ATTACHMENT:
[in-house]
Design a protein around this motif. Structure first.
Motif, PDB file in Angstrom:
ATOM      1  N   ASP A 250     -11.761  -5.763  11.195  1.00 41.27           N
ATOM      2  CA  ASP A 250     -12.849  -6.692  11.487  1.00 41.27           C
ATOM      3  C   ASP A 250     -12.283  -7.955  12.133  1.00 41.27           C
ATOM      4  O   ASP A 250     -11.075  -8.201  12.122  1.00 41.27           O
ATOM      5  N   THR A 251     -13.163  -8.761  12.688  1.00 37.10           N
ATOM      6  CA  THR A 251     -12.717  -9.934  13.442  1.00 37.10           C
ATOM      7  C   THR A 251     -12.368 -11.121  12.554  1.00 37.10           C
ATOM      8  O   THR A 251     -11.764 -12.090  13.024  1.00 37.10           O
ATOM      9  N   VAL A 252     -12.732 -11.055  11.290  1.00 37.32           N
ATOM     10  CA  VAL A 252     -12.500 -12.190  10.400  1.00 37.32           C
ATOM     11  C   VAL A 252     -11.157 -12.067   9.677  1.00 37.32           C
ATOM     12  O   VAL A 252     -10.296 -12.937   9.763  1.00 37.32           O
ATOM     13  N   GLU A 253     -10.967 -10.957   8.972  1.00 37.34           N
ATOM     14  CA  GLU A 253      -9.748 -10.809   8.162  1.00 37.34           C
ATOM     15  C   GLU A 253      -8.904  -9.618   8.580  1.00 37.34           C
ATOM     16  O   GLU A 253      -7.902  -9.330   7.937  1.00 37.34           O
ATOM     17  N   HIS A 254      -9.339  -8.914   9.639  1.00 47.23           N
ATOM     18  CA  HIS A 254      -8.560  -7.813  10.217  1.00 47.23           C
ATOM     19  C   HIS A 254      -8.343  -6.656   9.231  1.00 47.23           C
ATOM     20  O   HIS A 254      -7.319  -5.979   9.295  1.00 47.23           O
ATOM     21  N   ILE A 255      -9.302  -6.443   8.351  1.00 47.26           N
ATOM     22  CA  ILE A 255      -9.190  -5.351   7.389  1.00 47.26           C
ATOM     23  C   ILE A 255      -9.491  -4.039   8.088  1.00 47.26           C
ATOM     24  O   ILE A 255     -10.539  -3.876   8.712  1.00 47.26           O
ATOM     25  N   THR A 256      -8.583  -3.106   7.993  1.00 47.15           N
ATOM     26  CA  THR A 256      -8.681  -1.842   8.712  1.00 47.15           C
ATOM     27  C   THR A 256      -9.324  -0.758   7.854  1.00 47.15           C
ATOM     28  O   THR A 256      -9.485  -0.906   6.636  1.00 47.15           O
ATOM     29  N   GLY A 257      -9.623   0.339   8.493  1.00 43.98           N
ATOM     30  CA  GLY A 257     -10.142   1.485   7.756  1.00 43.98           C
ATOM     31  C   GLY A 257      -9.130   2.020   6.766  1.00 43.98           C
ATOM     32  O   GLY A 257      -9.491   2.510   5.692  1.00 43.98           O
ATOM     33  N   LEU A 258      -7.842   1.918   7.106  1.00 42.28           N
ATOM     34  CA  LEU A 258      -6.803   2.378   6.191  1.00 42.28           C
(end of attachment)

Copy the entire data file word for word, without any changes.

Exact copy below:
[in-house]
Design a protein around this motif. Structure first.
Motif, PDB file in Angstrom:
ATOM      1  N   ASP A 250     -11.761  -5.763  11.195  1.00 41.27           N
ATOM      2  CA  ASP A 250     -12.849  -6.692  11.487  1.00 41.27           C
ATOM      3  C   ASP A 250     -12.283  -7.955  12.133  1.00 41.27           C
ATOM      4  O   ASP A 250     -11.075  -8.201  12.122  1.00 41.27           O
ATOM      5  N   THR A 251     -13.163  -8.761  12.688  1.00 37.10           N
ATOM      6  CA  THR A 251     -12.717  -9.934  13.442  1.00 37.10           C
ATOM      7  C   THR A 251     -12.368 -11.121  12.554  1.00 37.10           C
ATOM      8  O   THR A 251     -11.764 -12.090  13.024  1.00 37.10           O
ATOM      9  N   VAL A 252     -12.732 -11.055  11.290  1.00 37.32           N
ATOM     10  CA  VAL A 252     -12.500 -12.190  10.400  1.00 37.32           C
ATOM     11  C   VAL A 252     -11.157 -12.067   9.677  1.00 37.32           C
ATOM     12  O   VAL A 252     -10.296 -12.937   9.763  1.00 37.32           O
ATOM     13  N   GLU A 253     -10.967 -10.957   8.972  1.00 37.34           N
ATOM     14  CA  GLU A 253      -9.748 -10.809   8.162  1.00 37.34           C
ATOM     15  C   GLU A 253      -8.904  -9.618   8.580  1.00 37.34           C
ATOM     16  O   GLU A 253      -7.902  -9.330   7.937  1.00 37.34           O
ATOM     17  N   HIS A 254      -9.339  -8.914   9.639  1.00 47.23           N
ATOM     18  CA  HIS A 254      -8.560  -7.813  10.217  1.00 47.23           C
ATOM     19  C   HIS A 254      -8.343  -6.656   9.231  1.00 47.23           C
ATOM     20  O   HIS A 254      -7.319  -5.979   9.295  1.00 47.23           O
ATOM     21  N   ILE A 255      -9.302  -6.443   8.351  1.00 47.26           N
ATOM     22  CA  ILE A 255      -9.190  -5.351   7.389  1.00 47.26           C
ATOM     23  C   ILE A 255      -9.491  -4.039   8.088  1.00 47.26           C
ATOM     24  O   ILE A 255     -10.539  -3.876   8.712  1.00 47.26           O
ATOM     25  N   THR A 256      -8.583  -3.106   7.993  1.00 47.15           N
ATOM     26  CA  THR A 256      -8.681  -1.842   8.712  1.00 47.15           C
ATOM     27  C   THR A 256      -9.324  -0.758   7.854  1.00 47.15           C
ATOM     28  O   THR A 256      -9.485  -0.906   6.636  1.00 47.15           O
ATOM     29  N   GLY A 257      -9.623   0.339   8.493  1.00 43.98           N
ATOM     30  CA  GLY A 257     -10.142   1.485   7.756  1.00 43.98           C
ATOM     31  C   GLY A 257      -9.130   2.020   6.766  1.00 43.98           C
ATOM     32  O   GLY A 257      -9.491   2.510   5.692  1.00 43.98           O
ATOM     33  N   LEU A 258      -7.842   1.918   7.106  1.00 42.28           N
ATOM     34  CA  LEU A 258      -6.803   2.378   6.191  1.00 42.28           C